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26 Jul 2021

Elizabeth Kivuva, Business Daily (Kenya)

Kenya: Survey reveals firms share clients' data with third parties without consent

"Kenyan firms on the spot for sharing customer data"

More than a fifth of Kenyan companies shared customers’ financial and personal information without the client’s consent in breach of data protection laws enacted two years ago. A survey by consultancy Ernst & Young shows that 41 percent of firms transferred their clients’ data to third-party service providers. More than half or 53 percent of these companies did not seek the approval of their customers before sharing the data.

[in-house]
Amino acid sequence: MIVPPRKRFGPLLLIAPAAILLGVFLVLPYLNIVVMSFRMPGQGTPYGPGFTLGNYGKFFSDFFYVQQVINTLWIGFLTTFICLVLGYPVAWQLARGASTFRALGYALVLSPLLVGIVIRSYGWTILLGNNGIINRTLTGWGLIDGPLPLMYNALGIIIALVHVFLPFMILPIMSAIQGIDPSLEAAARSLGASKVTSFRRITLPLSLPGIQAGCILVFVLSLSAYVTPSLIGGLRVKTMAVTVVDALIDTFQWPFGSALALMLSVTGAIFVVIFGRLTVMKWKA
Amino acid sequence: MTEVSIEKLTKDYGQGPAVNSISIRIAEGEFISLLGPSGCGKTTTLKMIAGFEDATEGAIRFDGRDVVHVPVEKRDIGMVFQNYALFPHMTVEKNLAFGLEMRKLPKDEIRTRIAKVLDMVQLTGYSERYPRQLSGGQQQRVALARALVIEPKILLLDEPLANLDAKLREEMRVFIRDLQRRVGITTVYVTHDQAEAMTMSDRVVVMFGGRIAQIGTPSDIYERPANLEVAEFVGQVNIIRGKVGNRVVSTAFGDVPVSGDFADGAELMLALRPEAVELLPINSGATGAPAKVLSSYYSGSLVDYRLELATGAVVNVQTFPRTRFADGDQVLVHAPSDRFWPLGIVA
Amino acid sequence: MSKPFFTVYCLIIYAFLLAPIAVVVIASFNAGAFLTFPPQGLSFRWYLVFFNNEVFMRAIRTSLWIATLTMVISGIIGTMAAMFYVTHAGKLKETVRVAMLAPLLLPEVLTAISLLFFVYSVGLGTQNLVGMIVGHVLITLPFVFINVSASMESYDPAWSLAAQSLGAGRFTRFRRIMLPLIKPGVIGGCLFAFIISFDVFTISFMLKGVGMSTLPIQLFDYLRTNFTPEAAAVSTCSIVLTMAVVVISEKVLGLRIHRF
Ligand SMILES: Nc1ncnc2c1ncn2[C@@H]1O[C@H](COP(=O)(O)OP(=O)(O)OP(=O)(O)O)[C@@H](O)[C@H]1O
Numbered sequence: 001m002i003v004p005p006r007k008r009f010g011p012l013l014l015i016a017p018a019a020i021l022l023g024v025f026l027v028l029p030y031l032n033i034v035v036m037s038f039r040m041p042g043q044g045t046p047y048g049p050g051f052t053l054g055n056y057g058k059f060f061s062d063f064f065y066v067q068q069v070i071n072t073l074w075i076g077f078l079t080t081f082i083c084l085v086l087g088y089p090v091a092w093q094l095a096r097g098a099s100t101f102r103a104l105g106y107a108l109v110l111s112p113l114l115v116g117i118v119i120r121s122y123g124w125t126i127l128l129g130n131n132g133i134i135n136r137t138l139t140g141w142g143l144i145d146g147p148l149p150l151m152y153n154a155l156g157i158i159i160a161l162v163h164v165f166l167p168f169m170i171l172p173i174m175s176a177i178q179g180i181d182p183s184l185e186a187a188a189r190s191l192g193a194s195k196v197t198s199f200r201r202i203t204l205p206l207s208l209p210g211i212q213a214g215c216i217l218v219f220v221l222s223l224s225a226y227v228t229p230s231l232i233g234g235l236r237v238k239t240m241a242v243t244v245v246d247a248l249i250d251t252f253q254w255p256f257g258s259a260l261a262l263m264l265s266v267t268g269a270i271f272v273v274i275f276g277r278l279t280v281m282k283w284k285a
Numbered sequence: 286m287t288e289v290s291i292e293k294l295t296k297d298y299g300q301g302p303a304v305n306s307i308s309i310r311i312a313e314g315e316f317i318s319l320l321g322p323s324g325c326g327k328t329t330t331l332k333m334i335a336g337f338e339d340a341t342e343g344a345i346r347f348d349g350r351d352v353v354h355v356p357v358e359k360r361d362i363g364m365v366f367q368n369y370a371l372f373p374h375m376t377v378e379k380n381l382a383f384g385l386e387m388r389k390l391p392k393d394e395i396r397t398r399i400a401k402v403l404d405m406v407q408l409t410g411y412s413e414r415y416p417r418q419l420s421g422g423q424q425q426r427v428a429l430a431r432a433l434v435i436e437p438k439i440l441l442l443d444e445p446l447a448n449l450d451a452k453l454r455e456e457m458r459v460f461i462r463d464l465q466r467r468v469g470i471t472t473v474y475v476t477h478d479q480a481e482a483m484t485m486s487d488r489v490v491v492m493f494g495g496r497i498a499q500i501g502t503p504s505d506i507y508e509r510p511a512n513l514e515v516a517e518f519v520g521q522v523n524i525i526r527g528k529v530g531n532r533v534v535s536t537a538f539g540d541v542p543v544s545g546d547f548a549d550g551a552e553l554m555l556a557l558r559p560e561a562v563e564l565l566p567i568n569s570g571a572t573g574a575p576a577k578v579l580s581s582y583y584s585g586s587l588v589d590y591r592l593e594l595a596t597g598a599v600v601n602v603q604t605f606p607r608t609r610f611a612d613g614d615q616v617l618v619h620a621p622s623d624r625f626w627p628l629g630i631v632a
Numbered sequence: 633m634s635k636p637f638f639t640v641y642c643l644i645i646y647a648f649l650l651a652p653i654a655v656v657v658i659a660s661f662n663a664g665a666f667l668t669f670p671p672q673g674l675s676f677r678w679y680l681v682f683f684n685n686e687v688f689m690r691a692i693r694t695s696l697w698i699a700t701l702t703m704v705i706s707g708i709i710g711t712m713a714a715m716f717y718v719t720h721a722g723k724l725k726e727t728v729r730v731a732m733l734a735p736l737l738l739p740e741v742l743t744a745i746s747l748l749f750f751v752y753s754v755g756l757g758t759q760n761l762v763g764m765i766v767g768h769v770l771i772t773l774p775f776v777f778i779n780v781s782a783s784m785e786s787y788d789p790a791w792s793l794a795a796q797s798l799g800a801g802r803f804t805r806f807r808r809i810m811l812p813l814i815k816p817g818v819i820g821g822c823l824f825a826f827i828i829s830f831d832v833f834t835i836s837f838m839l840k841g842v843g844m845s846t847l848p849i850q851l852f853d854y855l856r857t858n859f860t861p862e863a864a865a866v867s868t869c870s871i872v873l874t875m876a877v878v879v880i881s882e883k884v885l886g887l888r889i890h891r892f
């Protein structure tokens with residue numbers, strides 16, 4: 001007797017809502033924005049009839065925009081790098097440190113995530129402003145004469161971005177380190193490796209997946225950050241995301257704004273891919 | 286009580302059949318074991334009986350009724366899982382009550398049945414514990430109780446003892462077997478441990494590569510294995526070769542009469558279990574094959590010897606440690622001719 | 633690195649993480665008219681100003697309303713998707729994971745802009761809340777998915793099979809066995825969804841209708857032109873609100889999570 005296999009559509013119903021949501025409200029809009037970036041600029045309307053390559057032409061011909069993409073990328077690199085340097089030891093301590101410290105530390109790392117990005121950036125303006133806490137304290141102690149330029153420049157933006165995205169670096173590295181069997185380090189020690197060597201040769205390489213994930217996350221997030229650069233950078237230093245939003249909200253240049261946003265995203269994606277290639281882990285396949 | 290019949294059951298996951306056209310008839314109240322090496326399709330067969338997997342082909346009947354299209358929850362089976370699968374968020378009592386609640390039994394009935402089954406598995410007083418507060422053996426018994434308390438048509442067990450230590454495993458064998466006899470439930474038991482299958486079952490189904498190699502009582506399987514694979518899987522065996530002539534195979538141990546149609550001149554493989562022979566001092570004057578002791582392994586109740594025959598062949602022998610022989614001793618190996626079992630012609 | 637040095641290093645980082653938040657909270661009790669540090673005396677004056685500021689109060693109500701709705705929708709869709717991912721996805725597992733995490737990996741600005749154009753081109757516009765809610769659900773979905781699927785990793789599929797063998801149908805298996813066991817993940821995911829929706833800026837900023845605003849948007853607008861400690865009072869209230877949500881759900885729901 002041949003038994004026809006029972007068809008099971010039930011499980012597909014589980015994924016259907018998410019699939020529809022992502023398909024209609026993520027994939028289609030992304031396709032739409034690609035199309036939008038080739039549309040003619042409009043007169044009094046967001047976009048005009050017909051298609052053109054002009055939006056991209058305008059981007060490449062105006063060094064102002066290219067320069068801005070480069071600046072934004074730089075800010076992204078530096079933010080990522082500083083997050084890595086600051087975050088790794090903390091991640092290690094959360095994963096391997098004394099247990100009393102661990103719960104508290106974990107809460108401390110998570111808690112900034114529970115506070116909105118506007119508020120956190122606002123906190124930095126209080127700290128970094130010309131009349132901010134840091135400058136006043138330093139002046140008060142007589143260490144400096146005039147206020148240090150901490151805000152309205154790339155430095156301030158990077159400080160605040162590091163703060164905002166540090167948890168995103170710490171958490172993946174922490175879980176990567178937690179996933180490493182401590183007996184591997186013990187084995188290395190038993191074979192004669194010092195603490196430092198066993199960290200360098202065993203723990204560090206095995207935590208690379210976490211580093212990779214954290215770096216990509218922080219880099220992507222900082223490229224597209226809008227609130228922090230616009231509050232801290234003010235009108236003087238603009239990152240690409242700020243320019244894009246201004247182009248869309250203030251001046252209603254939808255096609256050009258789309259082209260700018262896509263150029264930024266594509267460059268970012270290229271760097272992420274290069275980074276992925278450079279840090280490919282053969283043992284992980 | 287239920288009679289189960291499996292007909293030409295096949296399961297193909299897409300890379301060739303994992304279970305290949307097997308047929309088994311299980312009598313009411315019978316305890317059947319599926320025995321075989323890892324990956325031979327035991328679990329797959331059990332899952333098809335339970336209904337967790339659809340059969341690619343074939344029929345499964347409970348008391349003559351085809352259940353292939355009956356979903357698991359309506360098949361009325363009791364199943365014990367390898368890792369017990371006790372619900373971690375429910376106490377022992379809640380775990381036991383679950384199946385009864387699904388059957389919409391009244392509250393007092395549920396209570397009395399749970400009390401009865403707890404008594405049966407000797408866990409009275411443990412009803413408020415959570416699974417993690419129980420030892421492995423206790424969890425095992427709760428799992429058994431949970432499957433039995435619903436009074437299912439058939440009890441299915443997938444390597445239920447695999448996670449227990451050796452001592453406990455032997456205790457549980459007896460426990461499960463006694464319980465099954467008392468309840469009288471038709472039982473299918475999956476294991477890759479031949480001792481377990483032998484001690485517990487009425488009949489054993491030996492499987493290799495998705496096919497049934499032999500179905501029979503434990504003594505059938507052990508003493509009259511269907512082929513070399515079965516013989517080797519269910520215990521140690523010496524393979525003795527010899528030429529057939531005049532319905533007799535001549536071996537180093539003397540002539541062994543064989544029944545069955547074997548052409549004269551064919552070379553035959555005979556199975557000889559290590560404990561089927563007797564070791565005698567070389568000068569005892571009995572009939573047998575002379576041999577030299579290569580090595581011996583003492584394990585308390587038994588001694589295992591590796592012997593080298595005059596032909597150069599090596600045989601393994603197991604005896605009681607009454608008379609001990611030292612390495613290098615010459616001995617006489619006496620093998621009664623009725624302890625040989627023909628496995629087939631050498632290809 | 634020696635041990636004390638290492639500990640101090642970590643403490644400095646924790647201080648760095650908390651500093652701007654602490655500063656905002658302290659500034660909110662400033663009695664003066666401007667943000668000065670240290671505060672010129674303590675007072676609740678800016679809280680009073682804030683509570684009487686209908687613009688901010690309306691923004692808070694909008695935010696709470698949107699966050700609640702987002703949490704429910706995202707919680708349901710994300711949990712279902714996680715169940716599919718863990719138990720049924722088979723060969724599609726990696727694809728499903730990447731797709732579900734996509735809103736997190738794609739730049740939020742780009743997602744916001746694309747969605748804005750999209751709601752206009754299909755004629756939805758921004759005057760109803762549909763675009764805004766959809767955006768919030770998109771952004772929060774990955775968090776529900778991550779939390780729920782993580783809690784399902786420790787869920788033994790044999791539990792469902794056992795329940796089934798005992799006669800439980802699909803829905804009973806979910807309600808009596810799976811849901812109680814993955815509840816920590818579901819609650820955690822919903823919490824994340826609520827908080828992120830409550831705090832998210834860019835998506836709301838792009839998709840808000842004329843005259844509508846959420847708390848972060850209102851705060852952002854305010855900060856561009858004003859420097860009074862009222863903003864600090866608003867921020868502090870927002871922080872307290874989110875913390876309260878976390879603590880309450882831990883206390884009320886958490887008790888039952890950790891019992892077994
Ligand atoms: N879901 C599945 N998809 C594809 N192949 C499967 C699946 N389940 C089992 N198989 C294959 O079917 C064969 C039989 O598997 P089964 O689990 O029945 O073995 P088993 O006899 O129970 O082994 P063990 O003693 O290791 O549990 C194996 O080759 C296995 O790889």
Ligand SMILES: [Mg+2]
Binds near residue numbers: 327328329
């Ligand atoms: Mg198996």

This violates the law that restricts the handling and sharing of personal data firms and government entities obtain. Individuals in breach risk a maximum fine of Sh3 million or 10 years in jail, while firms risk a fine of up to Sh5 million or one percent of annual turnover. “The problem is some of the organisations have not started internalising the requirements provided by the Act. So up to now organisations have been sharing information freely and this is a violation of the Act,” said Robert Nyamu, digital, analytics and cybersecurity solutions partner at Ernst & Young.

EY surveyed several organisations, including top banks, asset managers, insurance companies, telcos, retailers and manufacturing firms...

Part of the following timelines

Kenya: Survey reveals private firm sharing clients' data with third parties without consent; Safaricom takes measures to curb unlawful data sharing

Kenya: Court allows Safaricom subscribers to join a class action suit over alleged breach in private consumer data